A Penn Line train at Odenton station
|Type||Commuter rail line|
|Locale||Washington D.C. and Maryland suburbs east; Baltimore, MD and suburbs northeast|
|Termini||Washington D.C. Union Station
|Operator(s)||Amtrak/Maryland Transit Administration|
|Line length||77 mi (124 km)|
|Track gauge||4 ft 8 1⁄2 in (1,435 mm)|
|Operating speed||125 mph (201 km/h)|
The Penn Line is a MARC commuter rail line running from Union Station, Washington D.C. to Perryville, Maryland via Penn Station, Baltimore, Maryland on Amtrak's Northeast Corridor. It is MARC's busiest and only electric line. Currently the line is the fastest commuter rail line in the country, with trains running at speeds of up to 125 miles per hour (201 km/h). The service is operated under contract by Amtrak which supplies employees to operate trains, and maintains the right-of-way and MARC's electric locomotives and passenger cars. The line is administered by MARC, a service of the Maryland Transit Administration (MTA).
The Penn Line is the successor to commuter services provided by the Pennsylvania Railroad (PRR), Penn Central, and Conrail as long ago as the mid-19th century. Additionally, Amtrak operated a commuter service named the Chesapeake between 1978–1983. In 1983, Maryland, along with a number of other Northeastern states, took control of its commuter railroads and the "MARC" (Maryland Area Regional Commuter) service name was established. The Penn Line became the replacement for Amtrak's Chesapeake as well as the minimal former PRR commuter service between Washington and Baltimore.
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The Penn Line uses diesel as well as electric locomotives for powering trains. Most electric trains are 5-7 cars long (usually made up of all or mostly Kawasaki bilevels). When the AEM-7s are used, they are usually used in pairs with 5-7 cars because they are a lot older and weaker than the newer HHP-8s. However, when there are only 3-5 cars, there will be only one AEM-7. Rush hour diesel trains are usually 5 cars long (usually made up of all or mostly Kawasaki bilevels). During the day, shorter 3-5 car single level diesel trains from the Brunswick and Camden lines are used on the Penn Line. All weekend Penn Line trains also include a single-level Bike Car that is specially equipped to accommodate bicyclists.
All of the stations from Union Station up to Halethorpe have high-level platforms, and all of the subsequent stations from West Baltimore up to Perryville, with the exception of Penn Station, have low-level platforms. This precludes the use of MARC's ex-Metra low-level boarding gallery railroad cars on the Penn Line.
The Penn Line runs 57 trains during a normal weekday. A majority of these trains (39 each day) run between Union Station in Washington and Penn Station in Baltimore. An additional 11 trains run between Union Station and Perryville, and another 5 terminate/originate at Martin State Airport. A single morning train and a single evening train runs between Perryville and Penn Station. Unlike MARC's other two lines, the Penn Line operates all throughout the day and well into the night.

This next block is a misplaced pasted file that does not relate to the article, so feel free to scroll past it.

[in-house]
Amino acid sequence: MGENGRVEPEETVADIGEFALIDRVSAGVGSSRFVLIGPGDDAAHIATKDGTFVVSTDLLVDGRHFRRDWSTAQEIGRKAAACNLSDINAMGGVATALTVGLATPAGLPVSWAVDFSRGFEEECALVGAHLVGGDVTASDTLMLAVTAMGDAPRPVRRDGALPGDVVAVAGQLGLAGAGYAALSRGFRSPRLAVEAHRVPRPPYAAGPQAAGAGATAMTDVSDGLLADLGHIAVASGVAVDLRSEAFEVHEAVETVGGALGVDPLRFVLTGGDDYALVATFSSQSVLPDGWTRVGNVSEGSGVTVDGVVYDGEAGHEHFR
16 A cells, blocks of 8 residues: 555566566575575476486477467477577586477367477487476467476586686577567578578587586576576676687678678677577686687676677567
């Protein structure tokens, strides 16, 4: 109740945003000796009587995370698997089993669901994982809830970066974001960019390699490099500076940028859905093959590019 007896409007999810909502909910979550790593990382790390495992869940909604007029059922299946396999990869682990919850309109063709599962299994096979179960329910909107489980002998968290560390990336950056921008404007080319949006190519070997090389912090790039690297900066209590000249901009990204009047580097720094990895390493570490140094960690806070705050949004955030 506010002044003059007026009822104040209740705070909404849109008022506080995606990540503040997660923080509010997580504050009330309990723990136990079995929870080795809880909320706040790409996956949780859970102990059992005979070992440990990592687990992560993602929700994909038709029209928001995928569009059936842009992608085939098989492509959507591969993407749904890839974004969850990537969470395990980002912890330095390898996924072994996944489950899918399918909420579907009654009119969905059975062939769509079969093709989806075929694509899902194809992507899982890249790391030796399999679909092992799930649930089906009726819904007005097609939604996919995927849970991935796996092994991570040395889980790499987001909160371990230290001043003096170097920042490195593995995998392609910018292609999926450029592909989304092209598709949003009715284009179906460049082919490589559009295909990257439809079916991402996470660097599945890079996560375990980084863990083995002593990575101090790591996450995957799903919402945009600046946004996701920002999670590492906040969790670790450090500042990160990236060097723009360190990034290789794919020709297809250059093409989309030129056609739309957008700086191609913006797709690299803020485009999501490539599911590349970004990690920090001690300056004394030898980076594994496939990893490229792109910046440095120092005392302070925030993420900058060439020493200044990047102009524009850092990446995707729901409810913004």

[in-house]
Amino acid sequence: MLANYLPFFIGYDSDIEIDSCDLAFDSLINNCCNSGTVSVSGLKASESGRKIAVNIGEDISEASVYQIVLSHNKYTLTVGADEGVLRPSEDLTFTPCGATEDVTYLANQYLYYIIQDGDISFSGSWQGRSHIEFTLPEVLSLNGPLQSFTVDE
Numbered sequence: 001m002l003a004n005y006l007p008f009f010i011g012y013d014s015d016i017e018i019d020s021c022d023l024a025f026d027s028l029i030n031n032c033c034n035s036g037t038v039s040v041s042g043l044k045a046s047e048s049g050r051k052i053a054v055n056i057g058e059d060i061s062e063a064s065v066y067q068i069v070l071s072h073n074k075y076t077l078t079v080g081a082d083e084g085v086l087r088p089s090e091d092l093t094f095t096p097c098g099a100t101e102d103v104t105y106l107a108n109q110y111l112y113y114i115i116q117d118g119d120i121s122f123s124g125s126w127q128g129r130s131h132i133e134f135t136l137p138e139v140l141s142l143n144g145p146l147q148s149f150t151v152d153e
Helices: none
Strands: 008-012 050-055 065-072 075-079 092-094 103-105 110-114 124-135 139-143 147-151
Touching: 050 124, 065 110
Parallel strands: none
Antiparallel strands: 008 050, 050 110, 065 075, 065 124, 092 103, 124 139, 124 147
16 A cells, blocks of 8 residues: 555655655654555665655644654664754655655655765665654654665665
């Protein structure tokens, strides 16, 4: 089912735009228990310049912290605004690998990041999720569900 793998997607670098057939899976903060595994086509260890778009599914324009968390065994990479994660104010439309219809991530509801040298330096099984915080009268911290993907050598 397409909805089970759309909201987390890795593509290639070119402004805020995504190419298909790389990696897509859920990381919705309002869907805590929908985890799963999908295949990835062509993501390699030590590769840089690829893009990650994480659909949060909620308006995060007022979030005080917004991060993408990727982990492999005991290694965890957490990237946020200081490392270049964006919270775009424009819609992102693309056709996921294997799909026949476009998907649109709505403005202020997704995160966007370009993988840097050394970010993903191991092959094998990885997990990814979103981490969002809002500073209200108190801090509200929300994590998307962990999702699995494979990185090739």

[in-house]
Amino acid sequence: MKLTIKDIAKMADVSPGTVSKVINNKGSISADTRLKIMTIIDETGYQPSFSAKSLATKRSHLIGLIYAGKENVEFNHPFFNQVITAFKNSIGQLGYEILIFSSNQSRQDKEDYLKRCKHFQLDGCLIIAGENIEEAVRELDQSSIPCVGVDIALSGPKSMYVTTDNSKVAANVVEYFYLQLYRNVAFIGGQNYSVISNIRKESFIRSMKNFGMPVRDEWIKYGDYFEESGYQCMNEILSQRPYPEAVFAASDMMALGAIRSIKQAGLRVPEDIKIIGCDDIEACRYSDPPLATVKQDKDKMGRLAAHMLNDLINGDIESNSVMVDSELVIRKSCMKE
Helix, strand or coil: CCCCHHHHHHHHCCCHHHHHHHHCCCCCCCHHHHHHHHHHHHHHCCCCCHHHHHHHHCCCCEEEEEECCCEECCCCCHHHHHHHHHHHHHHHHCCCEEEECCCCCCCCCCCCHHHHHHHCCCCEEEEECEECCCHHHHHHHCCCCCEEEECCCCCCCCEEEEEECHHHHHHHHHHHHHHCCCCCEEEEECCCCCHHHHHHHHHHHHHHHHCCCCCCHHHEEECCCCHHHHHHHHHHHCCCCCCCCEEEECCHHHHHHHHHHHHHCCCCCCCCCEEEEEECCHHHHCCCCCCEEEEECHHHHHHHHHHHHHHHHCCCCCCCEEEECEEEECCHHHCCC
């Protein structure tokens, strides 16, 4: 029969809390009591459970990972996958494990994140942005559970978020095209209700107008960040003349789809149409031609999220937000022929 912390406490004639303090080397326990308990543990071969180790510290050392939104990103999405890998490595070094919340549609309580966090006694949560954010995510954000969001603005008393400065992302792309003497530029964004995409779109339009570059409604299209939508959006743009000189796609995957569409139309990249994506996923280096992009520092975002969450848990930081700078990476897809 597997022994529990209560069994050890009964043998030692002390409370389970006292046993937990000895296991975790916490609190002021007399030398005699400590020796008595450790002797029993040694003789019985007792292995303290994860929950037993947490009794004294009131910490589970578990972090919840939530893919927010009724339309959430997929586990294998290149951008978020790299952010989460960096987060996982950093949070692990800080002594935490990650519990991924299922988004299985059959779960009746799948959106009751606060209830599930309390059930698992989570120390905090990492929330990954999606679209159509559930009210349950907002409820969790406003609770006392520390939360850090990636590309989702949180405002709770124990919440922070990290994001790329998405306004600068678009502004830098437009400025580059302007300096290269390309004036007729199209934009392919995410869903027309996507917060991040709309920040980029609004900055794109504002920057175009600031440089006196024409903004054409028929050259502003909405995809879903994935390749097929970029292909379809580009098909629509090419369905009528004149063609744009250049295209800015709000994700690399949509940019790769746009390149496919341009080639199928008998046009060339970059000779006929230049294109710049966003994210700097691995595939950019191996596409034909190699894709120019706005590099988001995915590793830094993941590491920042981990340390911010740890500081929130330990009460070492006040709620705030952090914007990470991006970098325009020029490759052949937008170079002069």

On December 7, 2013 the Penn Line also began offering limited weekend service. Penn Line weekend service consists of 9 round trips on Saturday and 6 round trips on Sunday—primarily between Penn Station and Union Station, but with some runs extending from/to Martin State Airport. All Penn Line weekend trains include a separate, specially-designed Bike Car which is designed to accommodate bicyclists. Bike Cars are reconditioned Sumitomo/Nippon Sharyo MARC IIA single-level commuter rail cars. One side of each car's interior is lined with bicycle racks which are arranged to secure 23 full-sized, non-collapsible bicycles, and the other side provides seating for 40 passengers. There is no extra charge for using the Bike Car and the bicycle racks on the Bike Car are available on a first-come, first-served basis. The first Bike Car was added to select weekend trains on December 13, 2014. The Bike Car program was expanded in 2015, and since October 31, 2015 all Penn Line weekend trains have offered a Bike Car.
Amtrak's Acela Express, Northeast Regional, and long distance trains share the tracks with the Penn Line and share stations with MARC at Aberdeen, Penn Station, BWI Rail Station, New Carrollton, and Union Station. Currently, MARC passengers with monthly and weekly tickets can ride select Amtrak Northeast Regional trains during the week only. Connections are also available to the Washington Metro Orange Line at New Carrollton, Washington Metro Red Line at Union Station, and to MTA Light Rail at Baltimore Penn Station.
The MTA has plans to extend the Penn Line to Newark, Delaware to connect with the Wilmington/Newark Line of SEPTA, and to also extend the line past Union Station into northern Virginia. The planned Purple Line that will connect all three MARC lines will connect with the Penn Line at New Carrollton.
The following stations are served by Penn Line trains; not all trains stop at all stations.
- MTA Average Weekday Ridership - by Month Retrieved 2013-07-25.
- Matt Van Hattem (June 30, 2006). "Maryland Rail Commuter (MARC)". Trains Magazine. Retrieved 2010-02-16.
- 1979 Amtrak Chesapeake timetable
- MARC History on MTA website
- "Penn Line Weekday Schedule" (PDF). MTA Maryland. November 2016. Retrieved 2016-12-06.
- Sherman, Natalie; Wenger, Yvonne (2013-12-07). "MARC train weekend service begins". The Baltimore Sun. Retrieved 2015-12-06.
- "Penn Line Weekend Schedule" (PDF). MTA Maryland. November 2016. Retrieved 2016-12-06.
- "MTA Rolls Out Bike Cars on All Weekend Trains" (Press release). MTA Maryland. 2015-10-29. Retrieved 2015-12-06.
- Rector, Kevin (2014-12-11). "MTA to introduce bike car to weekend MARC service". The Baltimore Sun. Retrieved 2015-12-06.
- MARC Growth & Investment Plan MTA Maryland (September 2007). Retrieved 2010-2-16